Could Berkeley's Soda Tax Catch On?

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Why you should care

Because your city or state may be the next battleground in the soda war.

The last in our three-part series with food politics expert Marion Nestle, professor of food studies, nutrition and public health at New York University.

Depending on your politics, Berkeley, California, is revered as a public policy pioneer or reviled as a hotbed of lefty Lucies. Berkeley was first to initiate curbside recycling, and an early adopter of a law mandating a “nuclear-free zone.” The university town was the heart of the free-speech movement in the 1960s. And now — as of fall 2014 — Berkeley is the first city in America to pass a tax on sugary beverages specifically to target obesity. The idea is that soda, because of how much of it Americans drink, is a major contributor to obesity, and taxing it is one step toward changing consumption patterns.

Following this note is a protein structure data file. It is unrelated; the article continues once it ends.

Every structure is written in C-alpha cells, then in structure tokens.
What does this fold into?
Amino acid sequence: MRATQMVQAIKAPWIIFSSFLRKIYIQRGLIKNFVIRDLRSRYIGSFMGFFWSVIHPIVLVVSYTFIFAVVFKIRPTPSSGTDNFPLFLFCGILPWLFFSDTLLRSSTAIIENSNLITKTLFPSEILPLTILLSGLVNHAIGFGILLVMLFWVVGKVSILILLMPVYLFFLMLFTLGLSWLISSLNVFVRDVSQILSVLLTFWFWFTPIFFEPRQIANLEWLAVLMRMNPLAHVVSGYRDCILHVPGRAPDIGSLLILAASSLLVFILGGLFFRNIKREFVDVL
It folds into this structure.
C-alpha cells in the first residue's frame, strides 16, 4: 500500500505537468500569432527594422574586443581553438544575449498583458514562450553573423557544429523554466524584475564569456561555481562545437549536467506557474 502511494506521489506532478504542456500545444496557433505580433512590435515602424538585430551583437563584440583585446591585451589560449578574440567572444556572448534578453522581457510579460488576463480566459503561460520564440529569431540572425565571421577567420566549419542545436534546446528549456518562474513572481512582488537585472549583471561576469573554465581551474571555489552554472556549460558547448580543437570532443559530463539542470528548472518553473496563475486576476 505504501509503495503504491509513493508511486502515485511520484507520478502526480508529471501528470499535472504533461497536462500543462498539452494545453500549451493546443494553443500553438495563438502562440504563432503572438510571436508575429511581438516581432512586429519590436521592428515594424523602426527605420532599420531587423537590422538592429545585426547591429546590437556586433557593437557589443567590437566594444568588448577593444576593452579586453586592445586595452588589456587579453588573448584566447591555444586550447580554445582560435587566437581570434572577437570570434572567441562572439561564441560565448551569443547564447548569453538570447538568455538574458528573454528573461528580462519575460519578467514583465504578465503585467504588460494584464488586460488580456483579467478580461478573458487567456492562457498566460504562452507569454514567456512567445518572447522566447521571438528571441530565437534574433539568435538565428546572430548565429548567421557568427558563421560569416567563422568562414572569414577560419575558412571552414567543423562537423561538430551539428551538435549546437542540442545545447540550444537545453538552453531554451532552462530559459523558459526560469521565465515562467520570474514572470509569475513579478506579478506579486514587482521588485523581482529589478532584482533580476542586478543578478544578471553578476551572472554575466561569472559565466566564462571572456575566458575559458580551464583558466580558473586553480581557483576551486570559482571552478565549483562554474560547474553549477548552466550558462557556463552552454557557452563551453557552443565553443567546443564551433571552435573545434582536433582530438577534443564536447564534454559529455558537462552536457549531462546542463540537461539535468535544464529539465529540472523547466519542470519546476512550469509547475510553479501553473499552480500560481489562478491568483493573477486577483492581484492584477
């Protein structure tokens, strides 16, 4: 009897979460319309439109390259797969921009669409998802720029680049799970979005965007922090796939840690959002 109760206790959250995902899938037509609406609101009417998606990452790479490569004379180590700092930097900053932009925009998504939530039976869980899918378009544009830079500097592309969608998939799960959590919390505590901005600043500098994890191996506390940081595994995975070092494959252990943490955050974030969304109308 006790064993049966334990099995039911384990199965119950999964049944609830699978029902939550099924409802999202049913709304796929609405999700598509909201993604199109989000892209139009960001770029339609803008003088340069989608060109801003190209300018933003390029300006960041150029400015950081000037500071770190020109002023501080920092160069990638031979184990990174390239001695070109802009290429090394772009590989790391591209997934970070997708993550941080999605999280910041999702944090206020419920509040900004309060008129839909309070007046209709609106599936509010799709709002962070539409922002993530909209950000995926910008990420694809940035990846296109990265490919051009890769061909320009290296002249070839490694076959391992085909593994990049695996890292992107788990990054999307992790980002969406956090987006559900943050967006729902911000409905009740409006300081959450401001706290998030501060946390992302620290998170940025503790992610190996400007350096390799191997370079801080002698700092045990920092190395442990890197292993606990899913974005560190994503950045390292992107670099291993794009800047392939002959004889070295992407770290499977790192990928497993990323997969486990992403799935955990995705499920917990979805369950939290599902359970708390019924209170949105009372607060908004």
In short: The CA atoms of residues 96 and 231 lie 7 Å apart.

The American Beverage Association, among many other soda industry players, would beg to differ, saying all that a tax on soda does is saddle poor people — statistically the largest consumers of soda — with an unfair tax.

How did Berkeley do it, and how much money did each side fling back and forth? Nestle breaks it down in this video. The effect on the city’s waistline? To be determined.



Numbers and factoids — fodder for your next cocktail party.